Multicast Rising

Multicast hasn’t been a hot topic in networking in recent years, but that may be changing with last week’s announcements by both AT&T and Verizon that they will launch LTE multicast in 2015. Verizon plans to start embedding the technology in phones in the fourth quarter of this year and commercially launch the service in 2015. AT&T will also begin to roll out multicast capabilities next year.

According to Verizon CFO Fran Shammo, multicast is “…the pivotal point that starts to change the way content is delivered over a mobile handset which opens up content into the wireless world.” 

As Humberto Saabedra explains in an article for PhoneNews.com: “LTE Multicast allows the same content to be sent to a large number of subscribers at the same time, resulting in a more efficient use of network resources than each user requesting the same content and then having the content individually streamed to each user.” 

Currently, organizations use multicast for multimedia distribution, desktop imaging, market trading data distribution, broadcast video, online education, and other purposes where data must be delivered simultaneously to multiple receivers. Packet Designed has been offering multicast management for these uses since last October. One of our first customers is a large school district that supports 20,000 wired and wireless clients across more than 60 facilities and five core sites. 

The school district’s network group started using multicast in 2000 for video broadcasts using the free Windows Media server. This offered very basic services and the network team had to encode videos for the teachers and administrators. As a result, it remained a little-used protocol. 

The school district invested in a new multicast-based application for the following uses:

  • Desktop imaging (Windows imaging server): During each multicast session, other machines can join in anytime and start receiving. The broadcast starts over so that they can complete the download.
  • Video streaming: The new system puts video manipulation in the hands of the end user. Teachers can encode their own videos and put them on the server, which facilitates more use of the medium.
  • IPTV: The school district has six cable channels (for educational programming, news, weather, etc.) that they are redeploying across the network using multicast. This is a migration away from CATV and VHS tapes.
  • Digital signage: Each campus can have as much signage as they want. They can broadcast emergency notices, morning announcements, campus news and events, etc.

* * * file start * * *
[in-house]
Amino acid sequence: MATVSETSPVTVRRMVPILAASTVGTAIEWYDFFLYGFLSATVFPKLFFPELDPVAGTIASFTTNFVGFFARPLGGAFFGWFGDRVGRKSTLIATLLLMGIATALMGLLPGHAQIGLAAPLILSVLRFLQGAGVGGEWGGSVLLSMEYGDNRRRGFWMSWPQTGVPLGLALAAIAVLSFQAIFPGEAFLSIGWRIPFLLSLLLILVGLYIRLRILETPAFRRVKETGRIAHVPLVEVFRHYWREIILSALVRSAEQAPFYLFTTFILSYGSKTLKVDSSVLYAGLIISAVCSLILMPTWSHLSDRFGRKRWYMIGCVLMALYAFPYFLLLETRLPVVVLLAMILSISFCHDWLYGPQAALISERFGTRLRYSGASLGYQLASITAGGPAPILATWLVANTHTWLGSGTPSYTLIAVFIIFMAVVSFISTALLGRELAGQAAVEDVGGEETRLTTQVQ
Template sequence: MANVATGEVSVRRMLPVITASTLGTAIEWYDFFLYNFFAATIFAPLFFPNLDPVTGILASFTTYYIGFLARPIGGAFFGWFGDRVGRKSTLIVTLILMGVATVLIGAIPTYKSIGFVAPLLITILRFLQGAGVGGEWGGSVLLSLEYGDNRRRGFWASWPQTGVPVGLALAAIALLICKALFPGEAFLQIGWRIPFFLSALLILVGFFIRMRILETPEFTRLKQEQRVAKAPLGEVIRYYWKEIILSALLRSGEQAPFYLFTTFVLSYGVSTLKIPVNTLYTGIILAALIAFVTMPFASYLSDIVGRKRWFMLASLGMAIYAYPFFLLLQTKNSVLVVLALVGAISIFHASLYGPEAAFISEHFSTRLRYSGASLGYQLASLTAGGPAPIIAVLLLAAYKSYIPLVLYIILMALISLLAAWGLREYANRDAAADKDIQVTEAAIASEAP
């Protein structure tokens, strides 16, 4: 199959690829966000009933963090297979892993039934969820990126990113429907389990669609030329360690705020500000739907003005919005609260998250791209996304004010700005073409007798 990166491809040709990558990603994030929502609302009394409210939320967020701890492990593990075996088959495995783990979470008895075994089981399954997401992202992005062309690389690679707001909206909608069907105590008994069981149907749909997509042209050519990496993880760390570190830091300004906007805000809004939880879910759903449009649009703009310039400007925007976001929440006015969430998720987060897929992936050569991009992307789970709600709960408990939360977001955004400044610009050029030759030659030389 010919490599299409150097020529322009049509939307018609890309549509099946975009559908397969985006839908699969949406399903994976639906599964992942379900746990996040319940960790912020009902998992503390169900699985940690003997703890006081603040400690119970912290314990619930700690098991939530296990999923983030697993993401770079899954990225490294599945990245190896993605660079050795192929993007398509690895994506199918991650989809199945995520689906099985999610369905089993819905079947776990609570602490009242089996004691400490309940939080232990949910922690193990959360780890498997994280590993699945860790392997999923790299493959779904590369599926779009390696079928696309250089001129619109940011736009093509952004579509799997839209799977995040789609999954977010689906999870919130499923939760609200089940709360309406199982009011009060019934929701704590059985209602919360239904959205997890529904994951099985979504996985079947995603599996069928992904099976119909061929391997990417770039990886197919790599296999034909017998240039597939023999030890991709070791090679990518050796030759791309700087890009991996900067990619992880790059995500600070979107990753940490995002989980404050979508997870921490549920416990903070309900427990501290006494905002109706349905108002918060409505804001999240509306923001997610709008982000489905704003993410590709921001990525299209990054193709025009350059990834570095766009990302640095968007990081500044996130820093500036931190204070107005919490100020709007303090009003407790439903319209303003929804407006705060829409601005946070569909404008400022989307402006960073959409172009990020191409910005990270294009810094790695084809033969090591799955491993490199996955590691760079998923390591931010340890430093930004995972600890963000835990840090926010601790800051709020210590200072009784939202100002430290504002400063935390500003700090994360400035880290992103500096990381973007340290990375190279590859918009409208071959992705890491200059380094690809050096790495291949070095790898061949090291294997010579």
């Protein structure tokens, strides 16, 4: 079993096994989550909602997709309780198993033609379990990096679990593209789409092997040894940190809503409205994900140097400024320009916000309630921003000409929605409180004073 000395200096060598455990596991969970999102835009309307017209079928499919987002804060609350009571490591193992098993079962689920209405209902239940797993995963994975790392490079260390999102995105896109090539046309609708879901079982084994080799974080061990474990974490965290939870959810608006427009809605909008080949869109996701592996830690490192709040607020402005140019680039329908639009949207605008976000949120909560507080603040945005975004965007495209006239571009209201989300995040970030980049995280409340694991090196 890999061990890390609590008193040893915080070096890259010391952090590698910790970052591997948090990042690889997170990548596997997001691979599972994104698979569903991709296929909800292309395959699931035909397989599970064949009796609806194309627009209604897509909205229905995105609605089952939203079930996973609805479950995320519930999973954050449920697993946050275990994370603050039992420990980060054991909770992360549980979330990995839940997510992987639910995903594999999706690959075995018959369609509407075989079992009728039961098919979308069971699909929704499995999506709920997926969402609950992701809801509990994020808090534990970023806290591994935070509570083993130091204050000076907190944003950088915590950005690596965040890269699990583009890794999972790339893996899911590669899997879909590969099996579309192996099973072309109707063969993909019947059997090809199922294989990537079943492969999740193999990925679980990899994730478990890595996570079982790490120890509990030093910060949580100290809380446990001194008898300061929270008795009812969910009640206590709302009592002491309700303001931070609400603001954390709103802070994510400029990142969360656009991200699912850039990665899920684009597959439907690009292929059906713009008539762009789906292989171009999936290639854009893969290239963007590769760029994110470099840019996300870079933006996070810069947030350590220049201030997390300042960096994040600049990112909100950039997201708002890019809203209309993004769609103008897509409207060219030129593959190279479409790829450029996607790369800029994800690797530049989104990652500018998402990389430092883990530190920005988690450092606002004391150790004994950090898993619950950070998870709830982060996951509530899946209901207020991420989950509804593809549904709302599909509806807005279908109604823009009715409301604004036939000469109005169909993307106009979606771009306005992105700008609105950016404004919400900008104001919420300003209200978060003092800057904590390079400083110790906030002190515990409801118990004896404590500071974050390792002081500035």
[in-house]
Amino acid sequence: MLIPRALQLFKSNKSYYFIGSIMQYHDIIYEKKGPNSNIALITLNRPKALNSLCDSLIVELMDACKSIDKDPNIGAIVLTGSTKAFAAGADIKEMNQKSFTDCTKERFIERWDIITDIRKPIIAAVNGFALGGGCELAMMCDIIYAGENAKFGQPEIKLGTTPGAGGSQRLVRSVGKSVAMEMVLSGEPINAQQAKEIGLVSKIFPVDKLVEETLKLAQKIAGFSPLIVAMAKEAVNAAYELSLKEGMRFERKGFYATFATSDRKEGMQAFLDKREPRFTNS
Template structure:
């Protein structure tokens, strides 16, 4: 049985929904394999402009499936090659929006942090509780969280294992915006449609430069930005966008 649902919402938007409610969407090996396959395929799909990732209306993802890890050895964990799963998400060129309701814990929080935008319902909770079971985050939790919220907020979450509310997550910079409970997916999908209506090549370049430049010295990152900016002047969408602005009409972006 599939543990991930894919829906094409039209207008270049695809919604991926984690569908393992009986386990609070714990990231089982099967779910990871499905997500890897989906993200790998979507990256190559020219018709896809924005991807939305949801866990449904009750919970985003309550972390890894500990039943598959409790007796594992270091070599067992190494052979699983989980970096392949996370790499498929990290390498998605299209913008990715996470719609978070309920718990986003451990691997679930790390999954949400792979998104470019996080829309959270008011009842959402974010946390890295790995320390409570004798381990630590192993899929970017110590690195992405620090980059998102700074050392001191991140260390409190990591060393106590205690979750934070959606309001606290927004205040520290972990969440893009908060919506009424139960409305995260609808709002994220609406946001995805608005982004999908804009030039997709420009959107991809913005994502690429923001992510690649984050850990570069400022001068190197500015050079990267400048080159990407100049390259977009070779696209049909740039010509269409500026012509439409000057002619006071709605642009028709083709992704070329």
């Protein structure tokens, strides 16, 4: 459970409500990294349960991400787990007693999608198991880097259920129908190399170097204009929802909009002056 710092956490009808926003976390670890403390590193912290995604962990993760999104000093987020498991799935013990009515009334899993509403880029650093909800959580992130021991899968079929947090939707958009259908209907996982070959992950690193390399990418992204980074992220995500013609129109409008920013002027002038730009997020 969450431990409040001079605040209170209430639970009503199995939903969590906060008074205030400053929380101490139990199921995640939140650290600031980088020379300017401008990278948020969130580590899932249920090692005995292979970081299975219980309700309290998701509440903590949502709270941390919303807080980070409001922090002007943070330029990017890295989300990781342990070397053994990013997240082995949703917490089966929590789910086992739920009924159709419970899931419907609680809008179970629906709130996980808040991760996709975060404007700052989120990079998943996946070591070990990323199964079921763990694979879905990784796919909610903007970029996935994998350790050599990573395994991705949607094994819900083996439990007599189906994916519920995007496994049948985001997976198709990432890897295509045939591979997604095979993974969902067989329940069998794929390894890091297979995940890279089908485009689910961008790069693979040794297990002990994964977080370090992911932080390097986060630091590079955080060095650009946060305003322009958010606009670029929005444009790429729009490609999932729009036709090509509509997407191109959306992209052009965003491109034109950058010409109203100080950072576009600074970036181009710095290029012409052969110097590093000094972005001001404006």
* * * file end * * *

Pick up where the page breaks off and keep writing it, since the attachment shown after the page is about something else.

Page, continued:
From a management standpoint, the network team needed help troubleshooting the new system. Lacking multicast expertise, they often did not know where to begin looking for the source of problems. It is difficult and tedious to use the CLI to look at every switch and router, especially when you don’t know where to begin.

The challenge is understandable, since multicast management is complex. This quick excerpt from our white paper on “Understanding and Managing Multicast Routing outlines part of the problem: 

“In unicast, IP addresses are often associated with specific assets such as desktops, laptops, phones, tablets and printers. Unfortunately, this visibility is lost with multicast addresses. Ideally, multicast addresses should be allocated by the network operator, but in reality, many network operators do not know what multicast addresses are used in the network and what they are used for. This is because applications can randomly pick a multicast address and start using it. One network operator for a financial company estimates there are sixteen thousand multicast groups in his network and aims to reduce it to less than four thousand groups. This requires visibility into existing multicast groups in the network, as well as the sources, the receivers and the trees for each.” 

The school district’s network group invested in Multicast Explorer, a module of the Route Explorer System, to better manage their multicast services. While other tools rely solely on CLI commands and SNMP polling to collect multicast configuration data, Route Explorer plugs directly into the Layer 3 network as a passive participant in the routing topology. This enables it to capture changes as they occur and provide visibility into multicast trees, groups and events graphically in the context of the whole network. With real-time views and the ability to use a DVR-like capability to replay multicast routing events at a given point in time, the networking group can troubleshoot problems more quickly by pinpointing where problems are and discovering anomalies. They can also model what/if scenarios to see how changes will impact their network. Overall, they expect Multicast Explorer to help them improve the delivery of their critical multicast services. 

Be sure to download the white paper for more information about the challenges of running multicast applications: http://www.packetdesign.com/access/understanding-multicast-routing